This is Theorem 2.2 in Elementary Divisor Rings and Finitely Presented Modules by Larsen, Lewis, and Shores.

Maybe we can say more about the structure of these summands. For example, it is easy to show that in any BĂ©zout ring with a unique minimal prime $P$, the ideal $P$ is essential unless $R$ is a domain. Indeed, if $I \cap P = 0$, then $\operatorname{Ann}(a) = P$ for any $a \in I$ and clearly any $a \in I$ is nonzero in every localization of $R$. Since $R$ locally has totally ordered ideals, this implies that $P$ is locally $0$, hence $0$, i.e. $R$ is a domain.

So to sum up

Conclusion Let $R$ be a ring with finitely many minimal prime ideals. Then the following are equivalent:

$\ \ (1)$ $R$ is a finite direct product of BĂ©zout rings each of which is either a domain or has a unique minimal prime ideal which is essential.

$\ \ (2)$ Matrices over $R$ are equivalent to triangular matrices.

I'm not sure if you can say very much in general about the structure of BĂ©zout rings with essential unique minimal prime ideal. But, here's one observation: A BĂ©zout ring with a unique minimal prime ideal $P$ has the property that every non-nilpotent element divides every nilpotent element.

Indeed, let $b$ be nilpotent and let $a$ be not nilpotent, i.e. $b \in P$ and $a \notin P$. By BĂ©zoutness, pick $c,d,u,v,r$ such that $ac + bd = r$, $ru = a, rv = b$. Deduce that $r \notin P, v \in P$. It follows that $cv + du -1 \in P$, and we deduce that $du$ is a unit. Therefore $a \mid b$.

Note that if $R$ is additionally Noetherian, we can easily deduce that $P$ is the unique prime ideal of $R$, which exactly recovers Yohe's result. To see this, note first that it suffices to assume $R$ is local with maximal ideal $M$, in which case it has totally ordered ideals and $\bigcap_n M^n = 0$, which implies $M^n \subseteq P$ for some $n$ and thus $M \subseteq P$. Without the Noetherian hypothesis, $R$ can have infinite Krull dimension.

As for your 3rd question, I don't have much to say off the top of my head except that it seems really hard. From your own observations, any ring which is its own total ring of fractions (i.e. regular elements are units) will have this property, and that is quite a broad class of rings, members of which sometimes have ostensibly very little in common.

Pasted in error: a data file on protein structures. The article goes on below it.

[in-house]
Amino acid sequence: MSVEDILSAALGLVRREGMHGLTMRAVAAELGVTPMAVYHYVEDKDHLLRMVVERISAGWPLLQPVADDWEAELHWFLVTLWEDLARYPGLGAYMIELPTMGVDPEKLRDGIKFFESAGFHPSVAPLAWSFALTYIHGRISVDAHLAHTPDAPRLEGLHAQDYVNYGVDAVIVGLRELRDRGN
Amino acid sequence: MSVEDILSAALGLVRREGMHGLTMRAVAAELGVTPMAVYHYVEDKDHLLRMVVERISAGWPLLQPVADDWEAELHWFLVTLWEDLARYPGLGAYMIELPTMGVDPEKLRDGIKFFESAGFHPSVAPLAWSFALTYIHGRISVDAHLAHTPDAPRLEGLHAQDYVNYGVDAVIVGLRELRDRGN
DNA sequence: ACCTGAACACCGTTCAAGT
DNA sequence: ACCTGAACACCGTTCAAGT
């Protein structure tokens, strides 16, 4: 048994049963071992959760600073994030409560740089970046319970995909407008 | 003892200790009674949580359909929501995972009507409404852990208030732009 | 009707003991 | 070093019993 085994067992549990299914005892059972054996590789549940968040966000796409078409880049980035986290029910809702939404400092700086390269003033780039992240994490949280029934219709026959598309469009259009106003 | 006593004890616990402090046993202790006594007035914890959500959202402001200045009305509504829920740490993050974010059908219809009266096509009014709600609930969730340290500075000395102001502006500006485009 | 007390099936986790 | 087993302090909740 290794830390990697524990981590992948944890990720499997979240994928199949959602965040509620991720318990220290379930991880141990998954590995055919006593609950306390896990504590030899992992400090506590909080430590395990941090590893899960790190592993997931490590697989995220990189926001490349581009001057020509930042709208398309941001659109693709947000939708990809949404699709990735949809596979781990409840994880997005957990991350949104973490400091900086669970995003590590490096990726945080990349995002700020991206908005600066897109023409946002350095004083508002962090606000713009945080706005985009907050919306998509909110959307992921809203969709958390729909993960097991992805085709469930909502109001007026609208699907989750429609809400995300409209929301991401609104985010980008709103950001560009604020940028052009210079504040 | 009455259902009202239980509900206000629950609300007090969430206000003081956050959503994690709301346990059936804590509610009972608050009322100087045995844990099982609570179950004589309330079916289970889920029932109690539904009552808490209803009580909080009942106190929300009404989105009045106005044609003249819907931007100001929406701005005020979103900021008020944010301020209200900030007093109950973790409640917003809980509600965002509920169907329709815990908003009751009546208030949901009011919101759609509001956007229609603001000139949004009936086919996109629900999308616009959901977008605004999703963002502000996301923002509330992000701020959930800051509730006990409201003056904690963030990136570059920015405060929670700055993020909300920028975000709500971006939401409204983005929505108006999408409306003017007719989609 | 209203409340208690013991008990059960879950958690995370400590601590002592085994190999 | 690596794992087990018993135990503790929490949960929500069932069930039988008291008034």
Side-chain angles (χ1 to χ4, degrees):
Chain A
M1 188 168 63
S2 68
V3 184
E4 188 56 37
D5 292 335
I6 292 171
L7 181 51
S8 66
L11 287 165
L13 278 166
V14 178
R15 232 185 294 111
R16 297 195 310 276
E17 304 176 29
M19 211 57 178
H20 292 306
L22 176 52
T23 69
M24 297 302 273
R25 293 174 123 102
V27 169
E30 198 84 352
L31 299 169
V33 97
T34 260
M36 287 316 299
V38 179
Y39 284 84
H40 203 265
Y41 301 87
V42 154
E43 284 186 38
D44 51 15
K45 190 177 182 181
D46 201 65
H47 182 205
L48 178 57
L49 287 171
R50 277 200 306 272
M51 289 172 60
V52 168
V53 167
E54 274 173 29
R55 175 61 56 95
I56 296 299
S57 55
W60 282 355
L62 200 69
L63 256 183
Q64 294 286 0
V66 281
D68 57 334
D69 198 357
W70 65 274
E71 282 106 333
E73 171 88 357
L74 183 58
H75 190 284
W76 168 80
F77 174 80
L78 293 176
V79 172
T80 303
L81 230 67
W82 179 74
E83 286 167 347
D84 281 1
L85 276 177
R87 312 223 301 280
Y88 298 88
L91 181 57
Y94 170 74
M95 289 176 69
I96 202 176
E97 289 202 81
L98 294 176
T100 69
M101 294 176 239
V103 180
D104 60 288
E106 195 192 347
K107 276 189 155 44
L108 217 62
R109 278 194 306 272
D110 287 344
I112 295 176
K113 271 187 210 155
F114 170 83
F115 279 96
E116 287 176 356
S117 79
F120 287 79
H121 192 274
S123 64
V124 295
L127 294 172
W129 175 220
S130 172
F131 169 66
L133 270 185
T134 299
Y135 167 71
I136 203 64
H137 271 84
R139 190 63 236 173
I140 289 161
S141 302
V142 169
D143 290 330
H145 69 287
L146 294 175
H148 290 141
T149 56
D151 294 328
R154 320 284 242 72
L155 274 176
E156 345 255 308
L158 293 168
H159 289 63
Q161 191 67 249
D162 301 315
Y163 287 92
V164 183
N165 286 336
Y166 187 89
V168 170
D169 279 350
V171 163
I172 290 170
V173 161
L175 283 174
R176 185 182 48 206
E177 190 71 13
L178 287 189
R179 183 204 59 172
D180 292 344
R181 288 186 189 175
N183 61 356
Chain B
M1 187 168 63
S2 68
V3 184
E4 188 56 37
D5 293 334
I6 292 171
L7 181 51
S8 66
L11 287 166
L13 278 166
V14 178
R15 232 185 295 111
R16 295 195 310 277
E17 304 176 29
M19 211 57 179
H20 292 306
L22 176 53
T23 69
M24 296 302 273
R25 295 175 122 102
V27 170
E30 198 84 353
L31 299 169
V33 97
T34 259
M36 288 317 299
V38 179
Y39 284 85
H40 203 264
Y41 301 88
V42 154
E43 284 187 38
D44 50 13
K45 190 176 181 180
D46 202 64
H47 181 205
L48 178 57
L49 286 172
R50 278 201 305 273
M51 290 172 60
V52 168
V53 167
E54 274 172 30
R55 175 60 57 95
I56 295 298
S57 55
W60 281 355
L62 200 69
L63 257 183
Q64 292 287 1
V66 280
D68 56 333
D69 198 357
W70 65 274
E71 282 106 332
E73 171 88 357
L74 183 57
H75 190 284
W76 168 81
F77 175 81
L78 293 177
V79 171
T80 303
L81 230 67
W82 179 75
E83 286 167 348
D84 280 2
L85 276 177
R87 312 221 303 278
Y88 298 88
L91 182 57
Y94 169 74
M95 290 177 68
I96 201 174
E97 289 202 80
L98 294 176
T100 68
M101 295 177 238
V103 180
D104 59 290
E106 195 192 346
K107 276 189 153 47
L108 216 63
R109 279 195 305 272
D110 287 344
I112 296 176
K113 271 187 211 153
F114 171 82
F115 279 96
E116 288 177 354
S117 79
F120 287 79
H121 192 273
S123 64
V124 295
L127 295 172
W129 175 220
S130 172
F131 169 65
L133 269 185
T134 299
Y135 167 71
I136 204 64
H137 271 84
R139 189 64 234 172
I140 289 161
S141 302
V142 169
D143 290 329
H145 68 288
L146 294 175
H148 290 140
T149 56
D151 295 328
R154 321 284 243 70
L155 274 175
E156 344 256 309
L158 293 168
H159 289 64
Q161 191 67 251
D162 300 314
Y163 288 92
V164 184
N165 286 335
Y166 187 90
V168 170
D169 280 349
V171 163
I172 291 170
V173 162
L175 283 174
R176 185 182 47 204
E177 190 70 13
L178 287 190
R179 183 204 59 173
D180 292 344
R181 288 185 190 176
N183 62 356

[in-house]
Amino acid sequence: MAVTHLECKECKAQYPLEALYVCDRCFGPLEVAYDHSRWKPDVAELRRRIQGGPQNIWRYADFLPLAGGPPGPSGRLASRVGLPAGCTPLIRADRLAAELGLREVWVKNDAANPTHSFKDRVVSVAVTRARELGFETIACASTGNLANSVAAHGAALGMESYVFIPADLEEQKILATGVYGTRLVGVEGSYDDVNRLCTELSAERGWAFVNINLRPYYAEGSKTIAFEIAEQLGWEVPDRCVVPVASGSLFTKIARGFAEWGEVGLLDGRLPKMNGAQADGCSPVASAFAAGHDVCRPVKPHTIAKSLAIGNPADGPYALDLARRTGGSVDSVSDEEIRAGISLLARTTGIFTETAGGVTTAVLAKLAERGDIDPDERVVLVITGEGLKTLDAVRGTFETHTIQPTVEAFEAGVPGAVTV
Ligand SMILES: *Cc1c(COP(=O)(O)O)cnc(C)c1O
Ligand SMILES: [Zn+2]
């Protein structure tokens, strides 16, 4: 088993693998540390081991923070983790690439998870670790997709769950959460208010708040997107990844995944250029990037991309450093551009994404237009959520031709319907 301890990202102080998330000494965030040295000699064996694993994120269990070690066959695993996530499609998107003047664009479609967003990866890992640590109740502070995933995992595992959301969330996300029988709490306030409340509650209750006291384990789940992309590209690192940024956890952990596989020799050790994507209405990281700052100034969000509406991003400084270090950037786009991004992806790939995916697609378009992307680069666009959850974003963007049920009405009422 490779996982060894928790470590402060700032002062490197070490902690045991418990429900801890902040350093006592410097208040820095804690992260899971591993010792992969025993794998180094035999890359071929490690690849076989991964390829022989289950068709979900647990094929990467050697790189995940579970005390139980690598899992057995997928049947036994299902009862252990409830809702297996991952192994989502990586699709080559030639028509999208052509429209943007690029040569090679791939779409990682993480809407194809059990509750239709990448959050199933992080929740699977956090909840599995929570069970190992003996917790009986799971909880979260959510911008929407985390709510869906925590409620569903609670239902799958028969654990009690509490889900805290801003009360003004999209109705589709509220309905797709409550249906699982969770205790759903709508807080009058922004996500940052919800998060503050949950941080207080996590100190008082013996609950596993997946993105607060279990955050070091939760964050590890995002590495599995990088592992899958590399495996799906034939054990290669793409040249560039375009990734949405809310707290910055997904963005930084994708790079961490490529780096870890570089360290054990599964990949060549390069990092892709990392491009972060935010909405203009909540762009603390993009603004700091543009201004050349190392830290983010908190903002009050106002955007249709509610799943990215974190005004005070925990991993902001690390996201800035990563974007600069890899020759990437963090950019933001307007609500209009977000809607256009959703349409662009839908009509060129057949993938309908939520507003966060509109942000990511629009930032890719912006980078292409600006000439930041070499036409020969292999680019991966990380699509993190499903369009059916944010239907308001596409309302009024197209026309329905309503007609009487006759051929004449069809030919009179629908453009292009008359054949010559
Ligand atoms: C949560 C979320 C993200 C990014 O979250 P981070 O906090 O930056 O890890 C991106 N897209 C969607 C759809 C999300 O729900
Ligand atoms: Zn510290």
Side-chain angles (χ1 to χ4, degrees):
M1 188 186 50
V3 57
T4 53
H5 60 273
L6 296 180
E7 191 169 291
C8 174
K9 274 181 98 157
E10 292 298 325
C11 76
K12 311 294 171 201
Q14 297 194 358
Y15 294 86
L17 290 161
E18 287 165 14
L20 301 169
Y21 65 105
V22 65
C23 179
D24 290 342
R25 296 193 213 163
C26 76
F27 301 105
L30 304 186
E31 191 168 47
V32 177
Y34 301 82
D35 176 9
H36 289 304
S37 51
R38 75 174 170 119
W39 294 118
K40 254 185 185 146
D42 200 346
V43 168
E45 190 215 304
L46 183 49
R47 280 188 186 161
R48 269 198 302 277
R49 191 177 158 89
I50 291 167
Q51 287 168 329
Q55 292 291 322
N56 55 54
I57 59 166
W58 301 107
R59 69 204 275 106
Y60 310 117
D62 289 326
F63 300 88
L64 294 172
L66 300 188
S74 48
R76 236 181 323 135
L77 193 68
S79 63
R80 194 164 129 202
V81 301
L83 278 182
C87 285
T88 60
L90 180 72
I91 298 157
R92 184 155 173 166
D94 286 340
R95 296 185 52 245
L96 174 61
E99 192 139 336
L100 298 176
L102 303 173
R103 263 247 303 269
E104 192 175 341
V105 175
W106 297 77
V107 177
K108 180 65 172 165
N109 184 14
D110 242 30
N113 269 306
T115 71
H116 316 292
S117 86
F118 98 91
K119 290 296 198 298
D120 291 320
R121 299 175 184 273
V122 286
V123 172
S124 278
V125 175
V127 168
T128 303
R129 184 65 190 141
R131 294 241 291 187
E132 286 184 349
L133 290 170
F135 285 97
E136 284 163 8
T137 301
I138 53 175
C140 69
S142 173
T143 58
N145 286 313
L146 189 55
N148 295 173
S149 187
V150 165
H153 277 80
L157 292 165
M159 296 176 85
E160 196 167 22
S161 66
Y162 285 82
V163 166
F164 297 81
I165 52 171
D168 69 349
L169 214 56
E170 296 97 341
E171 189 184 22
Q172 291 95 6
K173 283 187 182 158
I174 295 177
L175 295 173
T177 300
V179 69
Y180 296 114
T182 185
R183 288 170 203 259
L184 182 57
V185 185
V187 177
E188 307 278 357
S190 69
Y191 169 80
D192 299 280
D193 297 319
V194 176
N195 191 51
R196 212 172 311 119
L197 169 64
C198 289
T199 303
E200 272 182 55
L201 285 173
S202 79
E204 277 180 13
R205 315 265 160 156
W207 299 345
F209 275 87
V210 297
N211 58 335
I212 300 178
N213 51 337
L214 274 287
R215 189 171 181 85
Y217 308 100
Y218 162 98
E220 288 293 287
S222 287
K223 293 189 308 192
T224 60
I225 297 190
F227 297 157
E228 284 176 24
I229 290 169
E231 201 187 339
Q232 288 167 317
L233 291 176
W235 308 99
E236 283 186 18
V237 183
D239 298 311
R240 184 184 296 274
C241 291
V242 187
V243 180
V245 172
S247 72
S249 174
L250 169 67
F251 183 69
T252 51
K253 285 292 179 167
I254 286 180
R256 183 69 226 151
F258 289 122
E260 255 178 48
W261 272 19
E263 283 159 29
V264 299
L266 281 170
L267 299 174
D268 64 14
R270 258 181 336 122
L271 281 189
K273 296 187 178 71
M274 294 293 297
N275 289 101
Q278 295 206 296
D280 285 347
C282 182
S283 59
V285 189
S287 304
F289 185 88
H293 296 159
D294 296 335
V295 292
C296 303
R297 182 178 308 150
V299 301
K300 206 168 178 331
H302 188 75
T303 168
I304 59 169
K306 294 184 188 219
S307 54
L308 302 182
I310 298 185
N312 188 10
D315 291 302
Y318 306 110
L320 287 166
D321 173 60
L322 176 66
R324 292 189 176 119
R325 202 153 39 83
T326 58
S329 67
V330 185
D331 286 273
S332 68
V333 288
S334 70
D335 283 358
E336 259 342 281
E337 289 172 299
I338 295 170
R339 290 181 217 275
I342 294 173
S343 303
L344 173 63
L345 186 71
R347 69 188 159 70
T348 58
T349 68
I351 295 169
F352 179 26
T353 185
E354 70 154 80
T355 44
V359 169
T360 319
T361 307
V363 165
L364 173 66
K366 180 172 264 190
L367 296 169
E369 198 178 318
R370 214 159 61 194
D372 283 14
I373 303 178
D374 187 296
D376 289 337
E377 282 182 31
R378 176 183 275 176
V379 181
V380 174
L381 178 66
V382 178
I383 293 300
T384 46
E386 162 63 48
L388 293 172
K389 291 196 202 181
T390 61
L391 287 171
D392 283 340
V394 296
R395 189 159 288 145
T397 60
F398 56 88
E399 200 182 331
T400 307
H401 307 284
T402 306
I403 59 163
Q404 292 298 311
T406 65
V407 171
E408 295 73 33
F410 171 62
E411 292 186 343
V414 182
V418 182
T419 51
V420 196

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  • $\begingroup$ How can a $1\times 2$ matrix (i.e., non-square) matrix be equivalent to a diagonal (thus square) one? $\endgroup$ – YCor May 23 at 23:24
  • $\begingroup$ @YCor A diagonal matrix is just defined as a matrix that is zero off of the main diagonal. That's a reasonable question though. $\endgroup$ – Badam Baplan May 23 at 23:27
  • $\begingroup$ There is still one thing that I find very unsatisfactory with K-Hermite rings: I still ignore whether trigonal reduction of every $2 \times 2$ matrices (the topic of this question) implies trigonal reduction of every $1 \times 2$. It might not be the case. Determining the ring with trigonal reduction of $2 \times 2$ matrices would be an even more on-topic answer. (Mohan's answer is a step forward in this direction.) $\endgroup$ – Luc Guyot May 24 at 9:29
  • $\begingroup$ @Luc Guyot I agree, what I wrote is really a long comment that answers a question somewhere between (1) and the later edit, which asks for sufficiently general conditions. I'd also be interested to know what trigonal reduction of $2 \times 2$ entails for a ring. I will think on it. Even for domains, intuitively feels like a much weaker property than f.g. ideals. $\endgroup$ – Badam Baplan May 24 at 18:38
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I will answer only the second and third question in your list, the first is too general and open ended.

Take $R=K[x,y,z,w]$, polynomial ring in four variables over a field $K$. Take the $2\times 2$ matrix $M$ consisting of the four variables as entries. It is regular, but it is not equivalent to an upper triangular matrix.

If it is, then by determinant considerations, one of the diagonal entries have to be a non-zero constant since $\det M$ is irreducible in $R$. We have $uMv=N$ with $u,v$ invertible, $N$ has a non-zero constant entry. But, put all variables equal to zero and then $M(0)=0$ and then $N(0)$ must be zero, which is impossible, since one entry is a non-zero constant.

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  • $\begingroup$ Nice! It's good to see a counterexample to the 2nd and 3rd questions. On the other hand, I'm really hoping for someone to come up with a reference to something like "If $R$ is taken from a class of commutative rings that is sufficiently interesting and sufficiently larger than direct sums of PIDs and completely primary PIRs, then every regular square matrix with entries in $R$ is equivalent to an upper triangular matrix." This would not be a characterization in the vein of Yohe's theorem, but it seems plausible that something along these lines is out there in the literature. $\endgroup$ – Salvo Tringali May 22 at 17:51
  • $\begingroup$ @SalvoTringali I had suspected that and if you had stressed that, I wouldn't have bothered to answer. For the first, do you have some specific class of rings in mind? $\endgroup$ – Mohan May 22 at 18:08
  • $\begingroup$ No, I don't. I'd be happy with any pointer to the literature where the question has been tackled. $\endgroup$ – Salvo Tringali May 22 at 18:13